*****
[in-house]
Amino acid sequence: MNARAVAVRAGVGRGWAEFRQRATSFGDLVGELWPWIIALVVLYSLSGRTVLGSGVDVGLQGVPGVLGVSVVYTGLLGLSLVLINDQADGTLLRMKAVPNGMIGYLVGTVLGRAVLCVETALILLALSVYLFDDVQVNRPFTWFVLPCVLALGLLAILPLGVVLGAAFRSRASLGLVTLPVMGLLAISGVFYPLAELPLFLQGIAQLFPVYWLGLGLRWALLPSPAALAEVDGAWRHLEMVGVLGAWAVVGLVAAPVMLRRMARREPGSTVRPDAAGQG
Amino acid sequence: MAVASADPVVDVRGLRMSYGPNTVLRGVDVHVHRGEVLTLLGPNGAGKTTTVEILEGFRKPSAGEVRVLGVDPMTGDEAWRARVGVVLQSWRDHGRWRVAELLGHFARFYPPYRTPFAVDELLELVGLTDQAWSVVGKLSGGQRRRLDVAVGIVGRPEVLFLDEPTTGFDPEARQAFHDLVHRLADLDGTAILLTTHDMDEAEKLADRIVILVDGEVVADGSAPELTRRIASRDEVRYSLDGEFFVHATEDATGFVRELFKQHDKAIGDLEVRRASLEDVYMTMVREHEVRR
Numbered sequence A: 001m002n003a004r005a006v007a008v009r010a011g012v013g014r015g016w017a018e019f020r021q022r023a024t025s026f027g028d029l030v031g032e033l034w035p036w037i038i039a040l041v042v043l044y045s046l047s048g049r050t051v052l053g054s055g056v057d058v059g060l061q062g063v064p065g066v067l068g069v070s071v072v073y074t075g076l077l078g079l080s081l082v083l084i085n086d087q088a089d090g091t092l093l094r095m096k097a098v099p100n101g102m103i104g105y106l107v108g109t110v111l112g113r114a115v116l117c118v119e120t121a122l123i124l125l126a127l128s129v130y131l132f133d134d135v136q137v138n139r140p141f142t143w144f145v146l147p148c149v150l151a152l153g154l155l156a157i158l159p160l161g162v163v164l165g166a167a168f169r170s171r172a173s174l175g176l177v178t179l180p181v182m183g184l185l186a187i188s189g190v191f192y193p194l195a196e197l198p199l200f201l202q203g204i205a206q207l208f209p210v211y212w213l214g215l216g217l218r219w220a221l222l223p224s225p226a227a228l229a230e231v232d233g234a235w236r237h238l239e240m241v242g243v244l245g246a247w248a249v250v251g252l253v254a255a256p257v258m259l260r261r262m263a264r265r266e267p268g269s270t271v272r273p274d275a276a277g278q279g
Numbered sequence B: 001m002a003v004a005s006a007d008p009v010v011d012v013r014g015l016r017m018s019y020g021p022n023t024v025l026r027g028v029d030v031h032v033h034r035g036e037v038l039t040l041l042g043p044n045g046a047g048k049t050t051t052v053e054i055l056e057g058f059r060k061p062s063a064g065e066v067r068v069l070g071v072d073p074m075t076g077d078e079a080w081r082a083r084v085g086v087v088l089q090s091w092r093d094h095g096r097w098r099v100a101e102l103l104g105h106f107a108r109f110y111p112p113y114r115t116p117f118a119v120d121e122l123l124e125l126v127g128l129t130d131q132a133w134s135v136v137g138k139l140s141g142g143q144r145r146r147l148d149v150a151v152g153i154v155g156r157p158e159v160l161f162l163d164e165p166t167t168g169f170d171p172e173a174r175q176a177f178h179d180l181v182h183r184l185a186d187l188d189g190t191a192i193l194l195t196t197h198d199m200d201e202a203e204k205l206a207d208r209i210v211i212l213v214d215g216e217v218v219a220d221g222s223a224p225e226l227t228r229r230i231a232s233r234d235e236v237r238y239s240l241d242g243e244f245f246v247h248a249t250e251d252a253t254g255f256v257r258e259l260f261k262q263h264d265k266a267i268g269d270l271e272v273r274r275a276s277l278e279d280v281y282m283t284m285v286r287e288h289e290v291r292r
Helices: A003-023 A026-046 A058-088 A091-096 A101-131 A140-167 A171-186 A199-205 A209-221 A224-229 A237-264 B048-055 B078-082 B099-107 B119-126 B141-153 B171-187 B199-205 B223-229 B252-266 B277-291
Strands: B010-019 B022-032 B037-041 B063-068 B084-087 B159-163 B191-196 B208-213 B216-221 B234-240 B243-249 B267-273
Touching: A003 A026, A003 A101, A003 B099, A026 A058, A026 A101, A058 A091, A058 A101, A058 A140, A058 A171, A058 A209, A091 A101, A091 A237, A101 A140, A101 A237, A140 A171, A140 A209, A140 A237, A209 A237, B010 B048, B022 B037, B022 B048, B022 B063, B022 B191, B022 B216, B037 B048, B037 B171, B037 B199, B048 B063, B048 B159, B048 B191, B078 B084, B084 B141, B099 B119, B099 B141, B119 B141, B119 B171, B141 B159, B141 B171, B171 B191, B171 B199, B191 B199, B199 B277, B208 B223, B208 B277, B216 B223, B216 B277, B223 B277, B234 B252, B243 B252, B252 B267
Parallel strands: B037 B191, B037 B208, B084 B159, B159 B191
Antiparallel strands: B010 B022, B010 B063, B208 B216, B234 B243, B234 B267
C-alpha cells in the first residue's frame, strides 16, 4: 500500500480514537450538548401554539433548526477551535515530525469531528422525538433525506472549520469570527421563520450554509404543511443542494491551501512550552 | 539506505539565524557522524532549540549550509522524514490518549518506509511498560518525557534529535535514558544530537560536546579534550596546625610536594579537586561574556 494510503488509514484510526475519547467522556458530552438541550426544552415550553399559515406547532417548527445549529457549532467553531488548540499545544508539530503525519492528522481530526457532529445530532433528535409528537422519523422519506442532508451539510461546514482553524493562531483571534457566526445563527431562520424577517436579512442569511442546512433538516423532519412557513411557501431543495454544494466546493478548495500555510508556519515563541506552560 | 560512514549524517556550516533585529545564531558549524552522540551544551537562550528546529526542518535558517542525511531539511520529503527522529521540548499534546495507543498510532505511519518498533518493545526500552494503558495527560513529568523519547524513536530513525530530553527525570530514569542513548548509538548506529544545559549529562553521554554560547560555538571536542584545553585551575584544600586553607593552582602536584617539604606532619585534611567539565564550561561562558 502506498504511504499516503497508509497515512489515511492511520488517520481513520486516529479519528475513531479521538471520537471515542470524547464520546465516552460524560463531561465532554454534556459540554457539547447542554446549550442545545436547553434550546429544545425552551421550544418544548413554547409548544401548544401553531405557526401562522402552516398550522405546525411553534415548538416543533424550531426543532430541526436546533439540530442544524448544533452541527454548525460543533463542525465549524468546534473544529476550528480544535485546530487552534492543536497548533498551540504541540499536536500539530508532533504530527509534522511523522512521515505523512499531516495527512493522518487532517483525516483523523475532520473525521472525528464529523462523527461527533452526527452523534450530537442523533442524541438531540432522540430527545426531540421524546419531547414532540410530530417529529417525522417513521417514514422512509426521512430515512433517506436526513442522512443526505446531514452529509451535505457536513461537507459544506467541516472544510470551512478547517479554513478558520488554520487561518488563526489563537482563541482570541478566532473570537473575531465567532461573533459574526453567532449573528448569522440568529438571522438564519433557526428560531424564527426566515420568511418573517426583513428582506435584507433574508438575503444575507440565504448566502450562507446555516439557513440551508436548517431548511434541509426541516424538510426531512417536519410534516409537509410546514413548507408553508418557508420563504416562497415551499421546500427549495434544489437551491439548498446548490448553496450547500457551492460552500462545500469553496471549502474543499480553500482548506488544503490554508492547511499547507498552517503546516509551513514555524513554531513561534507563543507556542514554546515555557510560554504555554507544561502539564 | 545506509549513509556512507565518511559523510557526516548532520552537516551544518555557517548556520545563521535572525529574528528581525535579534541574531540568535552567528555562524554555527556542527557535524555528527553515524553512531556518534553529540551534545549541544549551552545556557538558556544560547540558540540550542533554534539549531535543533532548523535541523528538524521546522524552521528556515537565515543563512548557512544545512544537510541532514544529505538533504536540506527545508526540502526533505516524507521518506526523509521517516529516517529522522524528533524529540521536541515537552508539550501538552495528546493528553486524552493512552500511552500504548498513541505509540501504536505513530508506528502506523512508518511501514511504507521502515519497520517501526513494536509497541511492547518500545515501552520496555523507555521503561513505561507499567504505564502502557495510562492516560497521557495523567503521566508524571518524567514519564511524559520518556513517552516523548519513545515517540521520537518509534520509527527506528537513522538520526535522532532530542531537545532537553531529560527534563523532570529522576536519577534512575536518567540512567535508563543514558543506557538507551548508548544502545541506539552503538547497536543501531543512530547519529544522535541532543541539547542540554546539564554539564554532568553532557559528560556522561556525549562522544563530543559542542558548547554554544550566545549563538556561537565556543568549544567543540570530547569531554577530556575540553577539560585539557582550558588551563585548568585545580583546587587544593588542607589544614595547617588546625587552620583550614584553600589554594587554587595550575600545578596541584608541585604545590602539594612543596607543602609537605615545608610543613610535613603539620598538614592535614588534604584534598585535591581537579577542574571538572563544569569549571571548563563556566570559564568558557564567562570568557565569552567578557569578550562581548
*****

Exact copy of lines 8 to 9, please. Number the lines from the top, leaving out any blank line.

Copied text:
Touching: A003 A026, A003 A101, A003 B099, A026 A058, A026 A101, A058 A091, A058 A101, A058 A140, A058 A171, A058 A209, A091 A101, A091 A237, A101 A140, A101 A237, A140 A171, A140 A209, A140 A237, A209 A237, B010 B048, B022 B037, B022 B048, B022 B063, B022 B191, B022 B216, B037 B048, B037 B171, B037 B199, B048 B063, B048 B159, B048 B191, B078 B084, B084 B141, B099 B119, B099 B141, B119 B141, B119 B171, B141 B159, B141 B171, B171 B191, B171 B199, B191 B199, B199 B277, B208 B223, B208 B277, B216 B223, B216 B277, B223 B277, B234 B252, B243 B252, B252 B267
Parallel strands: B037 B191, B037 B208, B084 B159, B159 B191